|Title:||The Bar 20 Rides Again (Hopalong Cassidy #17)|
|Publisher:||A. L. Burt Company|
|Tags:||adventure, fiction, Hopalong Cassidy (Fictional character), western, film/TV adaptation|
Johnny Nelson’s urgent call for help brings the old Bar 20 gang, led by Hopalong Cassidy, back together again. [Suggest a different description.]
Author Bio for Mulford, Clarence E.
Clarence E. (Edward) Mulford (Feb. 3, 1883—May 10, 1956) was an American writer who created the famous Western character Hopalong Cassidy. Clarence Mulford was born in Streator, Illinois, in 1883 to a distinguished family that could trace its lineage back to 1643 with more than 20 Mulfords fighting in the American Revolution.
After graduating college, he took a job with the “Municipal Journal and Engineer” newspaper in New York and began writing stories on the side. His first story was published in “Metropolitan” magazine. Then “Outing” magazine began publishing a string of his “Bar 20” short stories with the iconic Hopalong Cassidy character. He has said that his first Western books were written using data about the American West but that his later books were written using information he gathered from his extensive traveling throughout the American West. He kept a card file of data about the West that contained more than 17,000 cards, covering everything from fur trapping and cattle drives to the Pony Express and the freight-wagon industry.
For many years Mulford was very unhappy with the way his character of Hopalong Cassidy was portrayed in the films made from his books. In the novels Cassidy is a grubby, irritable, foul-mouthed, crusty old coot; in the films he was a clean-cut, articulate, courtly, distinguished-looking gentleman, as played by William Boyd. Mulford had always envisioned Cassidy as a rough-and-tumble, hard-drinking and combative man and once said words to the effect that if Cassidy of the movies had ever strayed into the novels, the novel Cassidy’s sidekicks would have shot him. Eventually he came to terms with the disparity, and finally decided to meet with Boyd, which he had steadfastly refused to do. The two actually hit it off and a truce and friendship of sorts developed between them.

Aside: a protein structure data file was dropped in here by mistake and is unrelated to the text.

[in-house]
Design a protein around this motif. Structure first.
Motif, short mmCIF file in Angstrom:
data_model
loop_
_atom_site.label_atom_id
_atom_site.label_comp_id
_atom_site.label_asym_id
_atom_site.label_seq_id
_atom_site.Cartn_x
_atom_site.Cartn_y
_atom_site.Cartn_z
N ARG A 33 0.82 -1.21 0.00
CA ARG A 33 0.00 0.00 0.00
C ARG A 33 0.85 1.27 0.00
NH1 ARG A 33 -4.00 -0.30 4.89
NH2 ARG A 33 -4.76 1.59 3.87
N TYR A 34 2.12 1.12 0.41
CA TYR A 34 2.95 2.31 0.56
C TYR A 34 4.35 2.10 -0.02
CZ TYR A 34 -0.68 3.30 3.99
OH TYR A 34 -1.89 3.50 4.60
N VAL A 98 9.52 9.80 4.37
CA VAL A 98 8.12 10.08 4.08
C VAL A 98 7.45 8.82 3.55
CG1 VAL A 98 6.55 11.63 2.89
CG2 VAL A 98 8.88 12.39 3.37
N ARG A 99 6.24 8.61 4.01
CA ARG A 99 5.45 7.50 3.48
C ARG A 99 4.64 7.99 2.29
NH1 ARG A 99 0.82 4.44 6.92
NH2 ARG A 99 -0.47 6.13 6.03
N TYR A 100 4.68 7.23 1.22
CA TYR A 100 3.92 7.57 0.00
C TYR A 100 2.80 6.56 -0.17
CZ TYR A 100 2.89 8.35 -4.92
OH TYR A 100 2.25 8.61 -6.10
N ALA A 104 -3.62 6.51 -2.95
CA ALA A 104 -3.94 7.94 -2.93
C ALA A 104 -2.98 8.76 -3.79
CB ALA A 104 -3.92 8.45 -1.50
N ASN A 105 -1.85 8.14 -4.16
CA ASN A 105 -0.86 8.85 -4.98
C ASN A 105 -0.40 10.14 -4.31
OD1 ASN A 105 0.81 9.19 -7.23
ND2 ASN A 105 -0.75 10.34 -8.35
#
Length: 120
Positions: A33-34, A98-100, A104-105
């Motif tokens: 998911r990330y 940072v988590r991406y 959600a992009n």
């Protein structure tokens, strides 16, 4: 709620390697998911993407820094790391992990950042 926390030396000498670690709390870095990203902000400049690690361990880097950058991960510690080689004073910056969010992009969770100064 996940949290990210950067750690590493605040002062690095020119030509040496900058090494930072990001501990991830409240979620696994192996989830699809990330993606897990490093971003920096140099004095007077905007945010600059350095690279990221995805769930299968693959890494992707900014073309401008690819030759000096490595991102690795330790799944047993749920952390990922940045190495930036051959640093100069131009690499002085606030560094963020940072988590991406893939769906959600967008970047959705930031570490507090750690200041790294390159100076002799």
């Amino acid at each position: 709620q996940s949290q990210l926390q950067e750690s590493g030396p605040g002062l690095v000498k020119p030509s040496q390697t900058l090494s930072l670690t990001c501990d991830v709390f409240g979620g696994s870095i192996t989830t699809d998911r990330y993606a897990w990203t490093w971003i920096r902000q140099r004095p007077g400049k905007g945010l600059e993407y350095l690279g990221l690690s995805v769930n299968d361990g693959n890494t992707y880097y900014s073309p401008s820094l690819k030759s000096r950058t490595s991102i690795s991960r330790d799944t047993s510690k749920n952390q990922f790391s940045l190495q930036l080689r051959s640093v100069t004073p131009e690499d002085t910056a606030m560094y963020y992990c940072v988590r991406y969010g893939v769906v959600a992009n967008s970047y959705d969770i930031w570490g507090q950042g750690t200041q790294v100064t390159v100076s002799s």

By the 1950s Mulford was no longer interested in writing any more Hopalong Cassidy novels. His publisher signed Louis L’Amour to write four books. After he signed, L’Amour found out the publisher wanted the William Boyd sanitized version of Cassidy instead of Mulford’s rough-and-tumble version. L’Amour wrote the novels under the name “Tex Burns”.
Mulford died in Portland, Maine, on May 10, 1956. He had suffered smoke damage to his lungs in a fire in 1947 and died from complications after surgery to repair the damage.
—IMDb Mini Biography By: [email protected]
|Epub||20120839.epub||If you cannot open a .mobi file on your mobile device, please use .epub with an appropriate eReader.|
|Mobi/Kindle||20120839.mobi||Not all Kindles or Kindle apps open all .mobi files.|
Kindle Direct (New, Experimental)
Send this book direct to your kindle via email. We need your Send-to-Kindle Email address, which can be found by looking in your Kindle device’s Settings page. All kindle email addresses will end in @kindle.com. Note you must add our email server’s address, [email protected], to your Amazon account’s Approved E-mail list. This list may be found on your Amazon account: Your Account→ Manage Your Content and Devices→ Preferences→ Personal Document Settings→ Approved Personal Document E-mail List→ Add a new approved e-mail address.
This book is in the public domain in Canada, and is made available to you DRM-free. You may do whatever you like with this book, but mostly we hope you will read it.
Here at FadedPage and our companion site Distributed Proofreaders Canada, we pride ourselves on producing the best ebooks you can find. Please tell us about any errors you have found in this book, or in the information on this page about this book.